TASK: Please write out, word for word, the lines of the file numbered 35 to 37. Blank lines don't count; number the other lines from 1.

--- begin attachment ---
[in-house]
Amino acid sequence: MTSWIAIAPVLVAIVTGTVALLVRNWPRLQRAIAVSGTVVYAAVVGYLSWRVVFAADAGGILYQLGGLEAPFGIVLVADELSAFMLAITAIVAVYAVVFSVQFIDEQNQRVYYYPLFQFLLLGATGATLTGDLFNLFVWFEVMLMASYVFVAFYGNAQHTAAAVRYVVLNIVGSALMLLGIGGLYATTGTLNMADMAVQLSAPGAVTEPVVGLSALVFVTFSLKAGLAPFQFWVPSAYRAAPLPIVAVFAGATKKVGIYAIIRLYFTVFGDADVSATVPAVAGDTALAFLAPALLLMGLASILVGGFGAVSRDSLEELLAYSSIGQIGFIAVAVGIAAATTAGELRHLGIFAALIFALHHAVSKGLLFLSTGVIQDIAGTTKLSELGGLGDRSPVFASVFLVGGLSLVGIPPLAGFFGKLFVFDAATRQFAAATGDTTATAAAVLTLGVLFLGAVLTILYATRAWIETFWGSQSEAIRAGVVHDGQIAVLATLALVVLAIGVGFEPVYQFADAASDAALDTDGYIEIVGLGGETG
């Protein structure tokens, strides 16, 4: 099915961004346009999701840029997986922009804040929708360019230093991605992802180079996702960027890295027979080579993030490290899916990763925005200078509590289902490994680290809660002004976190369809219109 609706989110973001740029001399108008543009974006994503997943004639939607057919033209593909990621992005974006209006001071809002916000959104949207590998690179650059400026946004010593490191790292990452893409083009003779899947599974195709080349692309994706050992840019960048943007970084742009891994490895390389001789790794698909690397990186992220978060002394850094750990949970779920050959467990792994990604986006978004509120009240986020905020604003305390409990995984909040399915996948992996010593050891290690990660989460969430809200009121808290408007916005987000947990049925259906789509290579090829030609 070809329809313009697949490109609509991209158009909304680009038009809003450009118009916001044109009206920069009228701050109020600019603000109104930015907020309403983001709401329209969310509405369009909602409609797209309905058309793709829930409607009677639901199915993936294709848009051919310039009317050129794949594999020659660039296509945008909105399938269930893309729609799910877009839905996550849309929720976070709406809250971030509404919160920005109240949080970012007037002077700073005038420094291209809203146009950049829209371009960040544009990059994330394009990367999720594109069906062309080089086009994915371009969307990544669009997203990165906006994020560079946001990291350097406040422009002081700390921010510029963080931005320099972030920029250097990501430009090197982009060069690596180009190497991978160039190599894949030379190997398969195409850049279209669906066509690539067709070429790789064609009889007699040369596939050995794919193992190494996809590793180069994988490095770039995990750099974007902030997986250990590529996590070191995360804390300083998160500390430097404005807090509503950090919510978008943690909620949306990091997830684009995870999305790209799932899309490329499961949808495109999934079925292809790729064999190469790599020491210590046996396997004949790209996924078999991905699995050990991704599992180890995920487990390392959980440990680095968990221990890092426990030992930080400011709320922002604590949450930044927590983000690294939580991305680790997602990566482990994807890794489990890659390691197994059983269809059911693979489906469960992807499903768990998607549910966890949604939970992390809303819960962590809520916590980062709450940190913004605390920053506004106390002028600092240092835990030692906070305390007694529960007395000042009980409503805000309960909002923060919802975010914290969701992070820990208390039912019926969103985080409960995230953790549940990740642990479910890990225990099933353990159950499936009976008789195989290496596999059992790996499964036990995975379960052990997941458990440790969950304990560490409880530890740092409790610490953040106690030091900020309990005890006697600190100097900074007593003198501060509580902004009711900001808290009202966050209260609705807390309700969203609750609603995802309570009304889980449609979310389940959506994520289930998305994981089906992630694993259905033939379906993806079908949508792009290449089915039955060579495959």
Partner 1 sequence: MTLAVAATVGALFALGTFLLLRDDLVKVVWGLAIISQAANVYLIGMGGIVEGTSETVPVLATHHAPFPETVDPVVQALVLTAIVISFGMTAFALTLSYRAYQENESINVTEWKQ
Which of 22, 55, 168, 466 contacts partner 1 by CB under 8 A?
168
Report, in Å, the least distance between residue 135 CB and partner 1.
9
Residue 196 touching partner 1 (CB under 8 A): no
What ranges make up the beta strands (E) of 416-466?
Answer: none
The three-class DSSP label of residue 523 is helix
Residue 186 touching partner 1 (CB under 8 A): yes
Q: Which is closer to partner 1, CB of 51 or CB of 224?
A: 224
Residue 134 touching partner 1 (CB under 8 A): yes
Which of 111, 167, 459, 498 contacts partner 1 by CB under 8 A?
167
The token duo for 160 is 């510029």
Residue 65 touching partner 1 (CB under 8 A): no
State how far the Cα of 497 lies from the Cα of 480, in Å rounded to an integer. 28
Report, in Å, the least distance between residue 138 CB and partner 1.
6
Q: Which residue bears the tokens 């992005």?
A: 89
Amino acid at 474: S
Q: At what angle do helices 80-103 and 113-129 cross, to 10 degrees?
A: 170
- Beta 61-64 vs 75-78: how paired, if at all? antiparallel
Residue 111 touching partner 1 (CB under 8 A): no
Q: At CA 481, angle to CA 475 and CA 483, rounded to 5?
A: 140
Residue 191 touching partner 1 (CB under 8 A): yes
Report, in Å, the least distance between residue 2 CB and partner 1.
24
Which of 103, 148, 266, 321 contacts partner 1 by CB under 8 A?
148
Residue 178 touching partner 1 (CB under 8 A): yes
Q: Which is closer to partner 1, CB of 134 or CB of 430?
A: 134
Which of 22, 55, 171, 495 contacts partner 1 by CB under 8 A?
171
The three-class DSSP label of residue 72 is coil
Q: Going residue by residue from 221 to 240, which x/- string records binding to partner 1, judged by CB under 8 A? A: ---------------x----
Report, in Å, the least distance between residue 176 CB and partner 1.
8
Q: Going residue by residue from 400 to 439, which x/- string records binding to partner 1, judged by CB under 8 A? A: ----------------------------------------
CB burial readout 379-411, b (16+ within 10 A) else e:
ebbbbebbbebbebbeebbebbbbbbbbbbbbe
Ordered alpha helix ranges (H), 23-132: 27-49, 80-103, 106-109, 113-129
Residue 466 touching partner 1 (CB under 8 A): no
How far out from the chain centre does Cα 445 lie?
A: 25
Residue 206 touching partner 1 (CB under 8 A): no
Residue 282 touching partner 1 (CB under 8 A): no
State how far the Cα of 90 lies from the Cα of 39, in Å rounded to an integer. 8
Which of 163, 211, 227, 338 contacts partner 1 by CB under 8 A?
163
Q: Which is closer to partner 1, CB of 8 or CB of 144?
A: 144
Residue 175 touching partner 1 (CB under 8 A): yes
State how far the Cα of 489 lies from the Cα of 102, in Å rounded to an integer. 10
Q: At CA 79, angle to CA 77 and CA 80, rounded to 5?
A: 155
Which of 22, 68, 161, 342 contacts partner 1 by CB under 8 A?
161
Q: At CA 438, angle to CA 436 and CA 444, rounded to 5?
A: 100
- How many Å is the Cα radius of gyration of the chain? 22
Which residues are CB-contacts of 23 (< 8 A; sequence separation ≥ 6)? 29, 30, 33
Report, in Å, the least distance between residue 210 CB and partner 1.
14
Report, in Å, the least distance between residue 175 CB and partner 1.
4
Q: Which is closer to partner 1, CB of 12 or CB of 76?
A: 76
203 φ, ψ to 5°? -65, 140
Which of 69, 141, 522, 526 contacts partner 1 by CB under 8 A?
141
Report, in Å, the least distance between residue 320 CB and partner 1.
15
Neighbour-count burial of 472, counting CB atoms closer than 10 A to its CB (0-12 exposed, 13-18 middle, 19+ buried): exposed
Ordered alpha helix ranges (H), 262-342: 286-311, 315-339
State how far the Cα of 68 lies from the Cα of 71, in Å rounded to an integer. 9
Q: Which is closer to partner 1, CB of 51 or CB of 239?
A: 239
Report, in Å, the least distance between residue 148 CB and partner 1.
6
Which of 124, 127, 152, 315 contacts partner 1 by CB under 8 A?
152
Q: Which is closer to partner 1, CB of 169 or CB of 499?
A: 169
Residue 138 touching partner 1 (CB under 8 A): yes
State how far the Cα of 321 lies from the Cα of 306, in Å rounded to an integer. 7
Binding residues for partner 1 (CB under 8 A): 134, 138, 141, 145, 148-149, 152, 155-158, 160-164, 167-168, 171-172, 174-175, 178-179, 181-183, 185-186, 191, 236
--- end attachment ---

24
Which of 103, 148, 266, 321 contacts partner 1 by CB under 8 A?
148